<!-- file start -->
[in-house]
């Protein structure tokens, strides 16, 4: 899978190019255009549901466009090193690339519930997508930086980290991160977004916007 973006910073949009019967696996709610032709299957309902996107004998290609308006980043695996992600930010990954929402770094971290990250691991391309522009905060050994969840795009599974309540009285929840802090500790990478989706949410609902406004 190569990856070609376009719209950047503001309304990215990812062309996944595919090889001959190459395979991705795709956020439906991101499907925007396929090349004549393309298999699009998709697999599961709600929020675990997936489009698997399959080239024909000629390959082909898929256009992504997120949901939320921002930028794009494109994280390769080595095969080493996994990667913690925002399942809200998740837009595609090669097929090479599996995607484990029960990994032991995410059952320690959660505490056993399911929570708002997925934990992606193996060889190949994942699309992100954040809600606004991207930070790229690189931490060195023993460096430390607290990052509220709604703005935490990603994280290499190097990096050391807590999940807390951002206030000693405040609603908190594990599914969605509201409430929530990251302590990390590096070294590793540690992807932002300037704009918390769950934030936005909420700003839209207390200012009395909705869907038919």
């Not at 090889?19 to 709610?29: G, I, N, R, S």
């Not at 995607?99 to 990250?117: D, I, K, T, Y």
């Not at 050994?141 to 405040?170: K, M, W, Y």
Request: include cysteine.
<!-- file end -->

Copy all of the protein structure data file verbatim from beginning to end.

[in-house]
């Protein structure tokens, strides 16, 4: 899978190019255009549901466009090193690339519930997508930086980290991160977004916007 973006910073949009019967696996709610032709299957309902996107004998290609308006980043695996992600930010990954929402770094971290990250691991391309522009905060050994969840795009599974309540009285929840802090500790990478989706949410609902406004 190569990856070609376009719209950047503001309304990215990812062309996944595919090889001959190459395979991705795709956020439906991101499907925007396929090349004549393309298999699009998709697999599961709600929020675990997936489009698997399959080239024909000629390959082909898929256009992504997120949901939320921002930028794009494109994280390769080595095969080493996994990667913690925002399942809200998740837009595609090669097929090479599996995607484990029960990994032991995410059952320690959660505490056993399911929570708002997925934990992606193996060889190949994942699309992100954040809600606004991207930070790229690189931490060195023993460096430390607290990052509220709604703005935490990603994280290499190097990096050391807590999940807390951002206030000693405040609603908190594990599914969605509201409430929530990251302590990390590096070294590793540690992807932002300037704009918390769950934030936005909420700003839209207390200012009395909705869907038919």
């Not at 090889?19 to 709610?29: G, I, N, R, S």
């Not at 995607?99 to 990250?117: D, I, K, T, Y």
């Not at 050994?141 to 405040?170: K, M, W, Y």
Request: include cysteine.